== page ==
“I remember I never used to walk bare foot around the village because I didn’t want people to think that I was a hippie, or that I had some kind of Messiah complex. But so what if they think that? If you like doing it, do it. You’re not hurting anyone. Maybe there is an afterlife, or reincarnation, we don’t know. What we do know is that we need to make the most of this lifetime. So be yourself! Discover what this self is! The sooner you accept you’re going to die, the sooner you’ll appreciate that you need to live and savour the life in front of you, moment by moment. We are all protagonists in our own adventure, in our own novel,” he enthusiastically urges.
The conversation turns to one his ongoing projects, the “Tapas Parapoeticas,” poetry and performance evenings. How does he select which poems to read?
“It’s easy for me as I’m not an intellectual. I don’t know as much poetry and literature as I’d like to. I’d love to have the time to read more. I’m very sincere and simply choose whatever has made me vibrate, whatever I like. I read some of my own poems, texts that come from the heart. I’m not a writer but I consider myself a poet of life. At the end of the Tapas Parapoeticas people often tell me that they hadn’t realized they liked poetry, and that makes me immensely happy.”
This brings to mind a statement by the literary theorist Jacques Lacan, who once said “I am not a poet, I am poem being written.” How does Kiku Mistu identify with this?
“With all modesty, I identify completely. Not just about myself though, I think that all people are a poem being written, and that’s why it’s so important for us to be ourselves. The fact that poetry isn’t considered fashionable indicates that things aren’t going well in our society. I’ll invent a word now –our “sociopoetic” index is low. We should be surrounded by poetry! If we were conscious that we are all potential poetry, then we’d try to be more in tune with ourselves and be more conscious of what we’re consuming, and pay more attention. We’re like instruments that are out of tune. I am grateful for the good fortune of dedicating myself to art. I consider that I am poetry in motion, and so are my dog, my donkey, and all the countryside. This is why I feel the obligation to make my house as elegant as possible, as poetic, sweet, pleasant… also my clothes, my words. If we all tried to make our lives more poetic, the whole world would be extraordinarily beautiful. If everyone looked after themselves and the square metre around them, so many of the world’s problems would be resolved immediately. Our society’s values are all upside down. Right now, to be revolutionary, you need to be a poet.”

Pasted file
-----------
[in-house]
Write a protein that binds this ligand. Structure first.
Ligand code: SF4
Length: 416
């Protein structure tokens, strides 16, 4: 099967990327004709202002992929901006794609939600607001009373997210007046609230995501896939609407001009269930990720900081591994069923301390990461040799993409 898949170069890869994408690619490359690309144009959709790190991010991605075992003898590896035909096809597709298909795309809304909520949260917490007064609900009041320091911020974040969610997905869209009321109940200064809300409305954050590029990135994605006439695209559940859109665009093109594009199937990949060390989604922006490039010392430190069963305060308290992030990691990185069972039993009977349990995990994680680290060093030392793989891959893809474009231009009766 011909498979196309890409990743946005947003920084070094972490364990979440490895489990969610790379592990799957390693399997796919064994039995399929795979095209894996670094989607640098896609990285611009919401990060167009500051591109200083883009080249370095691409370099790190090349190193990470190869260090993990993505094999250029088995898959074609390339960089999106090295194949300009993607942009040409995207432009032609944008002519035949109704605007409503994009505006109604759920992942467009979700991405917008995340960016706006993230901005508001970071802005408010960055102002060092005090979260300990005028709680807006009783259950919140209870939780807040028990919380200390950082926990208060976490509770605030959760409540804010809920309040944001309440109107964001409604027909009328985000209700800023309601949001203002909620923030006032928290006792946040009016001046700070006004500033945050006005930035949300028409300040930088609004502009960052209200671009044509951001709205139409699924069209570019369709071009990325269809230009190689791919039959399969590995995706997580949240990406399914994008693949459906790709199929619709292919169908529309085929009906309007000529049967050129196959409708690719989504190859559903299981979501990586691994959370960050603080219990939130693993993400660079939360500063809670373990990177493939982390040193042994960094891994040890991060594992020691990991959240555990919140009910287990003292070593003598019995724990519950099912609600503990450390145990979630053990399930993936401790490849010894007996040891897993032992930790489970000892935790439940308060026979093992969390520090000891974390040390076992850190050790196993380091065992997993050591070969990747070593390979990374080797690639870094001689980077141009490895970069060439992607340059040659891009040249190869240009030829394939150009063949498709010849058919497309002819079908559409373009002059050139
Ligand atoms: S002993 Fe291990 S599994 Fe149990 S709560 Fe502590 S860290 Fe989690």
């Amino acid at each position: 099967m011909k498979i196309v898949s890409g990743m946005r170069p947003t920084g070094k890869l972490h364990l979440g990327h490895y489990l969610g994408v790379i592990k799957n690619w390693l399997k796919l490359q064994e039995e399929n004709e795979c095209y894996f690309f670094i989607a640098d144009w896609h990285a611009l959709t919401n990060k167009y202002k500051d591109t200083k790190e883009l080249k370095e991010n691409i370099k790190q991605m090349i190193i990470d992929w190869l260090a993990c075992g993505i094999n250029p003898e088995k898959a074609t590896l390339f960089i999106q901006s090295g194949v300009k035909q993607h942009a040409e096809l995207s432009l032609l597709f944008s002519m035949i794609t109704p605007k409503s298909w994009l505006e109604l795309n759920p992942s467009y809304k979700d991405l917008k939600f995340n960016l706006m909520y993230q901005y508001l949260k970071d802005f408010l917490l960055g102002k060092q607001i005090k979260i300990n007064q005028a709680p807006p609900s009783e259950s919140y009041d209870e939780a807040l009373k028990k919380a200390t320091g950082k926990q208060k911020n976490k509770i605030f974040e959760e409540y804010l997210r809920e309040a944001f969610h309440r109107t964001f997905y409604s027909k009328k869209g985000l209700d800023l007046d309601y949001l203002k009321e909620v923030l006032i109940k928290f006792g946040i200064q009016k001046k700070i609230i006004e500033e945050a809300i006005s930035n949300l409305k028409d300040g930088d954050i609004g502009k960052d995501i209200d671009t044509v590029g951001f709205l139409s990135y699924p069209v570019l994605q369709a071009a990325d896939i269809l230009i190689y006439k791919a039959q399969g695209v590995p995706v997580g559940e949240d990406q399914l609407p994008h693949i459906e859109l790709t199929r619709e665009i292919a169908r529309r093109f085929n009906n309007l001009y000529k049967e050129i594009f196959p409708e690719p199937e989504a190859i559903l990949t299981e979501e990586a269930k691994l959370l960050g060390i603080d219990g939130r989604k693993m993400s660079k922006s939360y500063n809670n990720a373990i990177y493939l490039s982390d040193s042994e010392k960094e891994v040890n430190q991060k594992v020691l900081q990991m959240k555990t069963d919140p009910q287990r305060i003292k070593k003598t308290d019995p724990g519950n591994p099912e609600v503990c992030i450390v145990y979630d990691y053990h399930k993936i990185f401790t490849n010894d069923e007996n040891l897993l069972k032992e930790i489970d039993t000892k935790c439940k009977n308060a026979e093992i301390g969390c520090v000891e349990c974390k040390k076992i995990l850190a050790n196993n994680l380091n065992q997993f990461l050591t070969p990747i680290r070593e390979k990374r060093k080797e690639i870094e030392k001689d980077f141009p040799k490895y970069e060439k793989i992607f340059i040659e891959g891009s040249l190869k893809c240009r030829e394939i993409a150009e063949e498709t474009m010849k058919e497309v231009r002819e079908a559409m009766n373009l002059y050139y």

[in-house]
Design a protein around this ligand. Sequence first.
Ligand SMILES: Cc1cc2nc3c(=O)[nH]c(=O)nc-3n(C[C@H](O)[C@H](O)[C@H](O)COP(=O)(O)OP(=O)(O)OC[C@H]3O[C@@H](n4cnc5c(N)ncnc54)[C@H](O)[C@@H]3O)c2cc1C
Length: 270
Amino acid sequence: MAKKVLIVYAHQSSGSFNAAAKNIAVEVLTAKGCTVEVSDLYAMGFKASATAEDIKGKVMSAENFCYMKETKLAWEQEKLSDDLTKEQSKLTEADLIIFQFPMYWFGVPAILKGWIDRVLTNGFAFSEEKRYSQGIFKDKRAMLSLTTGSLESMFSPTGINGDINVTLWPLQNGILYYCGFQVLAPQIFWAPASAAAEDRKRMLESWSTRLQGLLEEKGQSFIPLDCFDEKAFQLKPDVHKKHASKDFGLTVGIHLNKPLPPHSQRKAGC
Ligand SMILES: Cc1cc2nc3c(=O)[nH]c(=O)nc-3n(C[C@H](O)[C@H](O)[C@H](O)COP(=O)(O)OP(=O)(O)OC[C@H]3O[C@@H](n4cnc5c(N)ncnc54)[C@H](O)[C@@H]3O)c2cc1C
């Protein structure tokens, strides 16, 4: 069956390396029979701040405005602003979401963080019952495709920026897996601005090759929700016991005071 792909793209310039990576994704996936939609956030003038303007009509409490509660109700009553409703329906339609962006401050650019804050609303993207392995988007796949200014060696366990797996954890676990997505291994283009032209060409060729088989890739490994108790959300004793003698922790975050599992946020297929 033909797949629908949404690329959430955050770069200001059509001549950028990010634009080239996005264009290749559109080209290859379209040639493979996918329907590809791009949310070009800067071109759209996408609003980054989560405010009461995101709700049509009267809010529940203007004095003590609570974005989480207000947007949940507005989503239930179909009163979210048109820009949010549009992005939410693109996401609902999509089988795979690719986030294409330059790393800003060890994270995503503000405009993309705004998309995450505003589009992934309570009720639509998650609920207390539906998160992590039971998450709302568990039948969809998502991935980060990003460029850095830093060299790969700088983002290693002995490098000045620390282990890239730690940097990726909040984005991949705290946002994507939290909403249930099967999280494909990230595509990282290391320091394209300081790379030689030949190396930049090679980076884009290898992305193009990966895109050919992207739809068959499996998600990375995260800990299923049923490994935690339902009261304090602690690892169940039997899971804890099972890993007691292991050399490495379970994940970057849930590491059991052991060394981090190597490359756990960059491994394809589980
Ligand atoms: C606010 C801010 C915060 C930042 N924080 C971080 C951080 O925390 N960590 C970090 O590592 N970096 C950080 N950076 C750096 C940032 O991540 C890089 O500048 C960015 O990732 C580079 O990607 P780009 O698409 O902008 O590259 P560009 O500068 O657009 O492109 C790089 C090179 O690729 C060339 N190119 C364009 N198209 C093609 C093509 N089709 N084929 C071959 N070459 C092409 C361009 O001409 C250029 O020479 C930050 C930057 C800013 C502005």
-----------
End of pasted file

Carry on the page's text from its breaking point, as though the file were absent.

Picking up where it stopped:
What does poetry mean to him?
“It’s complicated… when I give classes or workshops I like to ask the same question, and all the students get blocked. Everyone knows, but it’s hard to explain. Poetry explains the inexplicable. This is why it’s so hard to explain. It is many things, from a smile to a tear, to a flower in this precise windowsill with that exact ray of light touching the petals.”
Perhaps some of this difficulty lies within the question itself. “What is…” is the language of logic. Poetry is in another realm, so we can’t explain it from here. Instead, it comes from our deepest depths, from the most internal part of us, which we often struggle to find.
Poetry is reaching closer to the unknown, to that which can never be known. “You can’t describe the touch of a loved one, a sunset, or what you feel when you’ve heard that a plane has crashed and everyone has died. You discover how impotent we are, and yet how immense we are too. You discover you have all these huge feelings. Every one of us is so unique, and we are poetry that is being written,” he adds.
“It’s important to remember that you need courage to be yourself. It’s a basic requirement for authenticity. You need to be brave to remove your masks and to face the world as you really are. And this is how we can increase the sociopoetic index.”
We pause a moment, and start to discuss other ways in which the sociopoetic index can be raised. Firstly you need to acknowledge and discover the poetic potential inside yourself, which for many people is a long and arduous journey in itself. After all, if the government wanted people to discover their poetic potential, there wouldn’t be a 21% VAT tax on cultural activities like theatre tickets. We would make more choices based on poetic criteria, or they at least would consider them more carefully. For example, aluminum window frames have certain advantages, but they are less poetic than wooden frames. If you have a flower in your terrace, and you water it and talk to it every day, your life will be more poetic. It’s about being tenacious, discovering the values of poetry, and especially, being courageous.
“Be aware that the prize you gain is immense – being yourself and being surrounded by poetry is amazing,” reflects Kiku Mistu. “It may come at a high price, but it’s worth it. I’ve achieved my poetic dreams, but I’m not rich in a society that values money. Yet I’m immensely rich in a society that values art, and am lucky enough to have discovered a long time ago that I am a poem being written, and that I am the only person who can write it.”
Ladies and gentlemen, welcome to the Cabaret.
L’Ultim Cabaret (The Last Cabaret) will be showing at the Espacio Patti Manning, Barcelona, from the 8th-12th July.
Kiku Mistu Centro Cultural Imaginari